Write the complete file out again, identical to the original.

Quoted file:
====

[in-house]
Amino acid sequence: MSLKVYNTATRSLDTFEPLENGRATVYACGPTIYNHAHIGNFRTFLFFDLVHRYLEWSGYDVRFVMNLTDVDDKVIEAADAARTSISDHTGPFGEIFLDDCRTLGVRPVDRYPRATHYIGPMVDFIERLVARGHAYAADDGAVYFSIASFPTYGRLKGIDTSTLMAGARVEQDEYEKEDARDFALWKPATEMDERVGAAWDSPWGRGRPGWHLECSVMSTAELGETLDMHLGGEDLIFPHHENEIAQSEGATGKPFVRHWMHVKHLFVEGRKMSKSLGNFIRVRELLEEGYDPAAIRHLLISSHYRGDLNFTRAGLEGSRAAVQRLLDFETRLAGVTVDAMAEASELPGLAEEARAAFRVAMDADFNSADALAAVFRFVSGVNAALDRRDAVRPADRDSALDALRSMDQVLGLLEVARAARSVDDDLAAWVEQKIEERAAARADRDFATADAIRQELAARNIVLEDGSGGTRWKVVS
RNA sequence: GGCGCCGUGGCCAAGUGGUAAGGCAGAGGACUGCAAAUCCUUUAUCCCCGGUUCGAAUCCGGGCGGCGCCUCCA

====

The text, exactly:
[in-house]
Amino acid sequence: MSLKVYNTATRSLDTFEPLENGRATVYACGPTIYNHAHIGNFRTFLFFDLVHRYLEWSGYDVRFVMNLTDVDDKVIEAADAARTSISDHTGPFGEIFLDDCRTLGVRPVDRYPRATHYIGPMVDFIERLVARGHAYAADDGAVYFSIASFPTYGRLKGIDTSTLMAGARVEQDEYEKEDARDFALWKPATEMDERVGAAWDSPWGRGRPGWHLECSVMSTAELGETLDMHLGGEDLIFPHHENEIAQSEGATGKPFVRHWMHVKHLFVEGRKMSKSLGNFIRVRELLEEGYDPAAIRHLLISSHYRGDLNFTRAGLEGSRAAVQRLLDFETRLAGVTVDAMAEASELPGLAEEARAAFRVAMDADFNSADALAAVFRFVSGVNAALDRRDAVRPADRDSALDALRSMDQVLGLLEVARAARSVDDDLAAWVEQKIEERAAARADRDFATADAIRQELAARNIVLEDGSGGTRWKVVS
RNA sequence: GGCGCCGUGGCCAAGUGGUAAGGCAGAGGACUGCAAAUCCUUUAUCCCCGGUUCGAAUCCGGGCGGCGCCUCCA